Figure 4. Serial contrast studies were performed through the mucous fistula. On post-operative day (POD) 8 after repair of multiple intestinal atresias, no intestinal leak was identified and refeeding through the mucous fistula was begun (A). Subsequent studies demonstrate progressive intestinal development with continued refeeding on POD 40 (B) and POD 161 (C).
Figure 5. Side-by-side intraoperative comparison of small intestine on DOL 23 (A) prior to intestinal atresia repair and on DOL 193 (B) at the time of end jejunostomy (ej) and mucous fistula (mf) take down with primary anastomosis.
Omphaloceles are among the most common congenital anterior abdominal wall defects with an incidence of 1 to 2 per 10,000 live births per year [3-5]. Clinically, omphaloceles are described as midline defects at the umbilical ring through which the midgut and abdominal organs may herniate.The herniated contents are typically covered by a sac consisting of an outer amniotic layer, middleWharton’s jelly layer, and an inner peritoneal layer . Omphaloceles can be classified by their size, contents, location, and integrity of the sac . Ruptured omphaloceles are defined as those in which when the sac is no longer intact, and evisceration of abdominal organs occur.These present a unique surgical challenge as early diagnosis and management prevent associated morbidity and mortality.
Omphaloceles are more commonly associated with other congenital anomalies and have higher mortality as compared to infants with gastroschisis. However, intestinal atresias are not commonly associated with omphalocele. Patients with gastroschisis historically have higher association with intestinal atresias which confer a poorer outcome when associated with complex gastroschisis[12,13]. Intestinal atresias are categorized by type and location of the atresia with an incidence of 1.6-3.4 per 10,000 births. In type I atresias, bowel remain connected by a thin septum or membrane with dilation of the proximal segment of bowel. In type II atresias, the bowel ends are in discontinuity, but the mesentery is intact.Type IIIa are like type II atresias with the exception that a “V-shaped” deformity is seen in the mesentery.Type IIIb atresias are known as “apple peel” or “Christmas tree” deformities.These atresias are described as spiralized or twisted bowel surviving on a single, short mesenteric artery and are the rarest variant, accounting for 5% of all intestinal atresias . Its rarity makes clinical prognosis challenging, however, duration of parenteral feeds, remaining bowel length, and other associated anomalies does affect long-term outcome of all atresias[14-16]. Finally, type IV atresias are reserved for identification of multiple atresias of varying types, as in our patient presented here.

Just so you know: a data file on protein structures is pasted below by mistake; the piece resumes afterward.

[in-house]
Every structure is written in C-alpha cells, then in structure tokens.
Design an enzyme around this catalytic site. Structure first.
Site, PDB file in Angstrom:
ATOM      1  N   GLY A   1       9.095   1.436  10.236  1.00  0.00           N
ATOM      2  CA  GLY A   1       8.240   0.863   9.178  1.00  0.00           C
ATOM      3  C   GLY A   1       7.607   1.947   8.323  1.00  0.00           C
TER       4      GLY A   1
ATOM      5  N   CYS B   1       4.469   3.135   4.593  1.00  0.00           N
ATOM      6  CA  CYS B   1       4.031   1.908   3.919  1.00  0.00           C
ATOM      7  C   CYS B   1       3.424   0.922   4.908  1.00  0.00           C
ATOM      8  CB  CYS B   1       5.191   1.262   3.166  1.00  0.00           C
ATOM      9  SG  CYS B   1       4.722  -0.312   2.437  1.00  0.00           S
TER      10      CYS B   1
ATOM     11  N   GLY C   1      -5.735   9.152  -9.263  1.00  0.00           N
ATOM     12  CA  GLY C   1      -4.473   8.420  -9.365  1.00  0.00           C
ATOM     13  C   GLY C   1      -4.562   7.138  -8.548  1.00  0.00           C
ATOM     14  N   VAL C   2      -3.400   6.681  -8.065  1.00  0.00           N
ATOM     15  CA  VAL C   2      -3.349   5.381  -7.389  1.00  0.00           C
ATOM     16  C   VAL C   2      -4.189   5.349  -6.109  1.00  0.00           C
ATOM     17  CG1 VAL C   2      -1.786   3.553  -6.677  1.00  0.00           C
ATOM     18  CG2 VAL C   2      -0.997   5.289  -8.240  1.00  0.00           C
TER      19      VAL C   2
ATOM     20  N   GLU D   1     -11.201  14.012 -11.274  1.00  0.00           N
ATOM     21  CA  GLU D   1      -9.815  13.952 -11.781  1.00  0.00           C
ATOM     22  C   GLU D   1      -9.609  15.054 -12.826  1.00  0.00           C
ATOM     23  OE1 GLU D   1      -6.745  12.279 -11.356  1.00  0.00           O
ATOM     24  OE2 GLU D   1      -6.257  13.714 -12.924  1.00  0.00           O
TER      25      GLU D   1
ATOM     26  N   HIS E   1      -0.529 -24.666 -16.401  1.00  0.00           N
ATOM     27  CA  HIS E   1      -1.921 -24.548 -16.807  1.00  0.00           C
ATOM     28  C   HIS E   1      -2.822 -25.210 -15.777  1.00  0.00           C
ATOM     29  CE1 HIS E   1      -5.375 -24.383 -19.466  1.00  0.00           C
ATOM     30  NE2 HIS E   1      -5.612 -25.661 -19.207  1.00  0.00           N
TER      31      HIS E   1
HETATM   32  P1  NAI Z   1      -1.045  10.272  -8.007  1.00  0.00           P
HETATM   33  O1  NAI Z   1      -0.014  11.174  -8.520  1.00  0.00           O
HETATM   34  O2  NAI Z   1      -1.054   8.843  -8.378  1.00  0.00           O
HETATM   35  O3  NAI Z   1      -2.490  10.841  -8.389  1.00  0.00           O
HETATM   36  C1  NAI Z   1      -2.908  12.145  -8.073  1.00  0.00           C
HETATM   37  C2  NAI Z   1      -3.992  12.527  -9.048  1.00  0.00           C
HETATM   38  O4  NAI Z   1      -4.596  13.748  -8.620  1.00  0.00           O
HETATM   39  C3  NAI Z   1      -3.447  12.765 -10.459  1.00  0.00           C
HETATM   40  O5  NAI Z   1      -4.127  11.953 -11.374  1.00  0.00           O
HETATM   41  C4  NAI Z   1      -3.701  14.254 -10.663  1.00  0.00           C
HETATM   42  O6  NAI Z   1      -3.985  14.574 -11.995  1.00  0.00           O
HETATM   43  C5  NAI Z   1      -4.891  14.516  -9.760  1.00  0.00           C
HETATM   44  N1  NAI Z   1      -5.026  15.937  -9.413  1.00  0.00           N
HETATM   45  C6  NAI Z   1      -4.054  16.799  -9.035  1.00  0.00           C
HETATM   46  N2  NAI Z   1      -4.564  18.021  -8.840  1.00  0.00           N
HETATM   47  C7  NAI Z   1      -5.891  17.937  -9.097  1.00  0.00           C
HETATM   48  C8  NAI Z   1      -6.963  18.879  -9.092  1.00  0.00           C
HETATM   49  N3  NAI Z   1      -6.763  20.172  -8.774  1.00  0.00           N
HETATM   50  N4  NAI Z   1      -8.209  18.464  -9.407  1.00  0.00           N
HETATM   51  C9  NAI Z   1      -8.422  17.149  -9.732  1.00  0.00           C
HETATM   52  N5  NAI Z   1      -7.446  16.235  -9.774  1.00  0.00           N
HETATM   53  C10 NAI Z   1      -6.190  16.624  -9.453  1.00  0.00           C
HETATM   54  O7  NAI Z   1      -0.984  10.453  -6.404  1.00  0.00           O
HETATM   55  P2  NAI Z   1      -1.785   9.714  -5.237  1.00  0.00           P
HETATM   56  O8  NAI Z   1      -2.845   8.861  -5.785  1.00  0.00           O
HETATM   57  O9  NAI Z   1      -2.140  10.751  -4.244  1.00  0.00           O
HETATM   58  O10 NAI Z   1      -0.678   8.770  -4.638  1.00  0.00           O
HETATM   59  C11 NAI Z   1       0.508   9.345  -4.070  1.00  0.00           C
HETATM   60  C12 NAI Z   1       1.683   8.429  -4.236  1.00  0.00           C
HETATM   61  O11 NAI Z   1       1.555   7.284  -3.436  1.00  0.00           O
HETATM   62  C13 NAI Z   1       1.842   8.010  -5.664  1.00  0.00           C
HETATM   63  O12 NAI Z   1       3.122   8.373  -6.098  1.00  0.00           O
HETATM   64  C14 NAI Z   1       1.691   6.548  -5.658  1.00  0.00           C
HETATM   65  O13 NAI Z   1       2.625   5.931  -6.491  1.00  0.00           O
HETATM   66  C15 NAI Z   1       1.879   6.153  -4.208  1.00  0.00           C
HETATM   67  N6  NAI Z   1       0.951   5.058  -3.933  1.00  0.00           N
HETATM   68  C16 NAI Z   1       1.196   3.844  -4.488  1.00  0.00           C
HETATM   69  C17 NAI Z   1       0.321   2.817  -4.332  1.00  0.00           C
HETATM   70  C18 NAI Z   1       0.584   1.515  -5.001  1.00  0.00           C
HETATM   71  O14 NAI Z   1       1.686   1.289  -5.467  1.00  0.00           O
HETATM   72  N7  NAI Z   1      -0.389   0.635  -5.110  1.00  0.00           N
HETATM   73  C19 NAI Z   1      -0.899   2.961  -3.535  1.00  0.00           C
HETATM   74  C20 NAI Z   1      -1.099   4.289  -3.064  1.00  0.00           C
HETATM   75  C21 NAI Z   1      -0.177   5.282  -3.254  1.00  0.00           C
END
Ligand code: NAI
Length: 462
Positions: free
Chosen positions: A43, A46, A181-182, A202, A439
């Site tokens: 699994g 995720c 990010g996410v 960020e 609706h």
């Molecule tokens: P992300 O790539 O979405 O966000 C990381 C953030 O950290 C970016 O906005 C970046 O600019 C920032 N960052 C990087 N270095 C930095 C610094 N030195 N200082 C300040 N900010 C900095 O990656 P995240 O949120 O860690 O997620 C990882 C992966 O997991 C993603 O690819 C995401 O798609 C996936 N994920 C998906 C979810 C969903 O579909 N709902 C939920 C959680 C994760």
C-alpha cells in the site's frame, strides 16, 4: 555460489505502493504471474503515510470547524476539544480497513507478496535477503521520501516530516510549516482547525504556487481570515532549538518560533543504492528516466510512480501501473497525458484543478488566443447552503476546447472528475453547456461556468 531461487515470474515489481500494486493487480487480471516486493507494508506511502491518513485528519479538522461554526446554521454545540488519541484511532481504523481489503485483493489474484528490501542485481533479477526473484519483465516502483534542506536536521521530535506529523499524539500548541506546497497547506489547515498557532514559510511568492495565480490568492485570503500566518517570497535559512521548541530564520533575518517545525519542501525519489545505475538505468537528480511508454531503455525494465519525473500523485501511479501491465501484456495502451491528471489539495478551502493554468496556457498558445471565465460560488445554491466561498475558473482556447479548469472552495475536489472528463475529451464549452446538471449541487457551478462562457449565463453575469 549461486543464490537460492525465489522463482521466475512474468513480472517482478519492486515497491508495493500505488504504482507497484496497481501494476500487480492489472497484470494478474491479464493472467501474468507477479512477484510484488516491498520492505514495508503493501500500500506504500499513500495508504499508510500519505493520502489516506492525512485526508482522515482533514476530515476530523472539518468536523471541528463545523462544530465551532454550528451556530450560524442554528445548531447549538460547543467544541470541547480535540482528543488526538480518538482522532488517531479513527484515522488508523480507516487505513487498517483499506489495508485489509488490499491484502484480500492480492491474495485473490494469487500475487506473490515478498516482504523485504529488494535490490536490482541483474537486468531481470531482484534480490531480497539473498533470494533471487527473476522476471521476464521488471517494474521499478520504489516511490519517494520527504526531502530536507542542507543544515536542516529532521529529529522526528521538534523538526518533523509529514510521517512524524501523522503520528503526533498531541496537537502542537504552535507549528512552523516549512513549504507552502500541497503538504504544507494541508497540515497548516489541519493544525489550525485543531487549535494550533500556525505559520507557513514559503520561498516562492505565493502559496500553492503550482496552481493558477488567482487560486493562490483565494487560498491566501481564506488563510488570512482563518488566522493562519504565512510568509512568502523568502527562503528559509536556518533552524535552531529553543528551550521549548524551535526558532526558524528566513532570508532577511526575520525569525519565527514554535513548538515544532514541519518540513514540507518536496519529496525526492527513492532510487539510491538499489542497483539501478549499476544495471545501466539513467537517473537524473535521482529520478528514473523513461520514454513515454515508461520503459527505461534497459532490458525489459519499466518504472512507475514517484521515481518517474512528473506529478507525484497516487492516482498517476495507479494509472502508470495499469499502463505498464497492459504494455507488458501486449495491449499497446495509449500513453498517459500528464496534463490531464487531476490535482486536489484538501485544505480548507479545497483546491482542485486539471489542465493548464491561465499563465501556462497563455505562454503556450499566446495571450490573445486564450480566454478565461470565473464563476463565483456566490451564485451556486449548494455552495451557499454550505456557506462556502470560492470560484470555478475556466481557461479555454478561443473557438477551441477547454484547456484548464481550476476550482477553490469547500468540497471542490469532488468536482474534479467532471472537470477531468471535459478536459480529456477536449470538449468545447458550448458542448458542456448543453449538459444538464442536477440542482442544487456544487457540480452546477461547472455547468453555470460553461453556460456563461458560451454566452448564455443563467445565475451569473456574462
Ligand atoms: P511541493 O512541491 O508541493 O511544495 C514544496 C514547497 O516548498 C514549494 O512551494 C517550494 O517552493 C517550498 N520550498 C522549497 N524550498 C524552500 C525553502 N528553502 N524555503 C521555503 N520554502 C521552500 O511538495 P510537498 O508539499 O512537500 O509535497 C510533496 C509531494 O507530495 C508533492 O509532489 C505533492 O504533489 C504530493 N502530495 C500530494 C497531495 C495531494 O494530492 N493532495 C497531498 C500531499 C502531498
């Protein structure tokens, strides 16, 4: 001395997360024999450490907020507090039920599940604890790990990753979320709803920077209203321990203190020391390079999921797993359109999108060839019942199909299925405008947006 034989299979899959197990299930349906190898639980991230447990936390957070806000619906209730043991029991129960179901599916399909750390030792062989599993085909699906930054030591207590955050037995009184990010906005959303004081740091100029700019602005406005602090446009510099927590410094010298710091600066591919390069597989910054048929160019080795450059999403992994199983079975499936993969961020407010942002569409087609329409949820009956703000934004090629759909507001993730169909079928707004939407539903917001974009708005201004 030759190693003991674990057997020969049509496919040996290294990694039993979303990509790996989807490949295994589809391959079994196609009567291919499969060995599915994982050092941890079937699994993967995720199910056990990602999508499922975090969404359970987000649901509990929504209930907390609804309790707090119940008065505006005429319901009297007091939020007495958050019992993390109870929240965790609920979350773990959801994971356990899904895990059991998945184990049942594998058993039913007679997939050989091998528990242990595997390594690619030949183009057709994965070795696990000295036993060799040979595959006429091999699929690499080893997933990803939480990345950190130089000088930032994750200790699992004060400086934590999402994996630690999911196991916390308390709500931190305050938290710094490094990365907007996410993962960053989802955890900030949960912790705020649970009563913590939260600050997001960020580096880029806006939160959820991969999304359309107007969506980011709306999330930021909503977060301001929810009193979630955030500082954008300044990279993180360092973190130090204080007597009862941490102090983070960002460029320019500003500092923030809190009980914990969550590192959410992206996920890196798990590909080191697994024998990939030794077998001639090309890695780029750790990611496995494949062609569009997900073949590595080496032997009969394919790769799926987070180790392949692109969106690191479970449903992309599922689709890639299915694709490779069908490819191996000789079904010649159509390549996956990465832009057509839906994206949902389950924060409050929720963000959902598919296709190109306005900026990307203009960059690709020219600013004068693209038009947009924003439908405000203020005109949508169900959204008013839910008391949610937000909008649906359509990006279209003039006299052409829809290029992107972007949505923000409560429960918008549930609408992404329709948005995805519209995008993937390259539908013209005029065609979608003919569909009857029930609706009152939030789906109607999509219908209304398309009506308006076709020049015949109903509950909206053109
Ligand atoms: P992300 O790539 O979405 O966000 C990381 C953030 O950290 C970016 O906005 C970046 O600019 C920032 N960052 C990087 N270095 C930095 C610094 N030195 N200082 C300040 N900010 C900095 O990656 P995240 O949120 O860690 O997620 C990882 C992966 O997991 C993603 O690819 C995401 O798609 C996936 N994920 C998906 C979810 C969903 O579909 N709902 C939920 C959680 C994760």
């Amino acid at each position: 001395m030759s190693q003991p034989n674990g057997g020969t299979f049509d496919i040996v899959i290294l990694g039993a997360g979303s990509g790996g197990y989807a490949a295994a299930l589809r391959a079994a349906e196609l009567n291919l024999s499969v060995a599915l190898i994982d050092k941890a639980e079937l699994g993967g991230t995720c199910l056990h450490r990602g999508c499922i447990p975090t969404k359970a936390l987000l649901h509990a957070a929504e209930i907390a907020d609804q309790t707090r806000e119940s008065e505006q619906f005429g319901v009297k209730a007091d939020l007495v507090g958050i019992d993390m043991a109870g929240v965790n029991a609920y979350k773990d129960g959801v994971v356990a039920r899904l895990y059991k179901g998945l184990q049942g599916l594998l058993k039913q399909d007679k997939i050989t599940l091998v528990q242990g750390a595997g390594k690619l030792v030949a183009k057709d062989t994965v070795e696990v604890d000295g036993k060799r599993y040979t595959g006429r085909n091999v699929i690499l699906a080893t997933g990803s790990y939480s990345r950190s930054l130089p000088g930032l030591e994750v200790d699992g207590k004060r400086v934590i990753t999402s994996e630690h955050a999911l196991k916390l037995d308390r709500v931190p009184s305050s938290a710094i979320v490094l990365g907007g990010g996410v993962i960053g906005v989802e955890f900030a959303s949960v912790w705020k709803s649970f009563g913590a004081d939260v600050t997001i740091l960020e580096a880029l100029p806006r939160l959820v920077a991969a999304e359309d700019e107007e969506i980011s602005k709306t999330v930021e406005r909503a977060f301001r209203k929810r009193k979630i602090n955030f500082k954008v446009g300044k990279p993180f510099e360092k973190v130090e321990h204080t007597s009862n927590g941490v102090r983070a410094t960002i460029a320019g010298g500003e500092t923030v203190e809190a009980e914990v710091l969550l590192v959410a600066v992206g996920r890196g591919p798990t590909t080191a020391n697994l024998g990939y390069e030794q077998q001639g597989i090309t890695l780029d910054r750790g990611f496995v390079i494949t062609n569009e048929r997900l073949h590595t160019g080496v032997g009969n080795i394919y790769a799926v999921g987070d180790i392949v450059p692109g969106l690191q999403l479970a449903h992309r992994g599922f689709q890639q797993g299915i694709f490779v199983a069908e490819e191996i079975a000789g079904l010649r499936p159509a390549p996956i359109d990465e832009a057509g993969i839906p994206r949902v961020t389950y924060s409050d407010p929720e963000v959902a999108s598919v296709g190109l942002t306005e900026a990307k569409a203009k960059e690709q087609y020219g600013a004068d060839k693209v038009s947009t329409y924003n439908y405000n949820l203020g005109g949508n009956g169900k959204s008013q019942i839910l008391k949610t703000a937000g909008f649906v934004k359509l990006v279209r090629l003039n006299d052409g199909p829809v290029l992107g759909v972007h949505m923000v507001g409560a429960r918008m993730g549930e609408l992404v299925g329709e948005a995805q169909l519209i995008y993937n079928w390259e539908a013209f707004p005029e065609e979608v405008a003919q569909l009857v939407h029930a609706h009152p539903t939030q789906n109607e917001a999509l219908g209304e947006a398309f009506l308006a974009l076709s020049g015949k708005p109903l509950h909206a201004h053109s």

While risks of morbidity and mortality were relatively high in the immediate hospitalized period for this child, his long-term outcomes are favorable [10,14].This child will have to undergo reconstructive surgery of his abdominal muscles in the future as well as corrective surgery for his bilateral cryptorchidism, but an intra-abdominal reoperation is not anticipated.
We present a surgically complex neonate with two complicated congenital malformations that was unexpected at the time of delivery. Historically, in New Jersey, an expected mother, whose fetus is diagnosed with a congenital malformation, is referred to regional centers out of state for neonatal surgical management.This often requires mothers to transfer their obstetrical care as well depart their local support systems of family and community and in many instances, is an unnecessary transfer. New Jersey is home to highly skilled pediatric surgeons staffed in hospitals with level 3 NICUs who can care for these complex neonates, addressing their surgical needs.
Authors VKH, AW, and CG equally contributed to the research development, writing assistance, and proofreading of this manuscript. No additional funding was awarded towards the development of this manuscript.